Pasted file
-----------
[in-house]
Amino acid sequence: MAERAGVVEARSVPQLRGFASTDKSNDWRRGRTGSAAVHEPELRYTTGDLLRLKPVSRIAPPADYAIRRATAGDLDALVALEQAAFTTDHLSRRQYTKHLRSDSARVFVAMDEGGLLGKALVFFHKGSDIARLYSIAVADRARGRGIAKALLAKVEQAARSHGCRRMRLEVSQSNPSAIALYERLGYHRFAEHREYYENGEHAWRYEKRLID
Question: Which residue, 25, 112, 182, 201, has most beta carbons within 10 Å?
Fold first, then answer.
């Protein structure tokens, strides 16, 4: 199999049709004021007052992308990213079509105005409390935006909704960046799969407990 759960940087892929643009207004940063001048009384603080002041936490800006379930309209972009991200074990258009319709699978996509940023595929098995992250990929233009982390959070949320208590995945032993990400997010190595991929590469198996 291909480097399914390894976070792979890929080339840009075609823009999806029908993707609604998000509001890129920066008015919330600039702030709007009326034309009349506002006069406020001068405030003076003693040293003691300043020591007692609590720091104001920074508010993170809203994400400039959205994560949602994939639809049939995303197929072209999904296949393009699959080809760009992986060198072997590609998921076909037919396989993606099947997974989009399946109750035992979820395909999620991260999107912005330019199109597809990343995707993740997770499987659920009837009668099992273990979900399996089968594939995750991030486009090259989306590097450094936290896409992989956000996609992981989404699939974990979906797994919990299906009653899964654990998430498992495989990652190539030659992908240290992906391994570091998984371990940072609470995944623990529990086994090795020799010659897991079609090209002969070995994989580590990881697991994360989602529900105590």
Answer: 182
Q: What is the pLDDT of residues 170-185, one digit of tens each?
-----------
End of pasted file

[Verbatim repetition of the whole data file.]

[in-house]
Amino acid sequence: MAERAGVVEARSVPQLRGFASTDKSNDWRRGRTGSAAVHEPELRYTTGDLLRLKPVSRIAPPADYAIRRATAGDLDALVALEQAAFTTDHLSRRQYTKHLRSDSARVFVAMDEGGLLGKALVFFHKGSDIARLYSIAVADRARGRGIAKALLAKVEQAARSHGCRRMRLEVSQSNPSAIALYERLGYHRFAEHREYYENGEHAWRYEKRLID
Question: Which residue, 25, 112, 182, 201, has most beta carbons within 10 Å?
Fold first, then answer.
């Protein structure tokens, strides 16, 4: 199999049709004021007052992308990213079509105005409390935006909704960046799969407990 759960940087892929643009207004940063001048009384603080002041936490800006379930309209972009991200074990258009319709699978996509940023595929098995992250990929233009982390959070949320208590995945032993990400997010190595991929590469198996 291909480097399914390894976070792979890929080339840009075609823009999806029908993707609604998000509001890129920066008015919330600039702030709007009326034309009349506002006069406020001068405030003076003693040293003691300043020591007692609590720091104001920074508010993170809203994400400039959205994560949602994939639809049939995303197929072209999904296949393009699959080809760009992986060198072997590609998921076909037919396989993606099947997974989009399946109750035992979820395909999620991260999107912005330019199109597809990343995707993740997770499987659920009837009668099992273990979900399996089968594939995750991030486009090259989306590097450094936290896409992989956000996609992981989404699939974990979906797994919990299906009653899964654990998430498992495989990652190539030659992908240290992906391994570091998984371990940072609470995944623990529990086994090795020799010659897991079609090209002969070995994989580590990881697991994360989602529900105590």
Answer: 182
Q: What is the pLDDT of residues 170-185, one digit of tens each?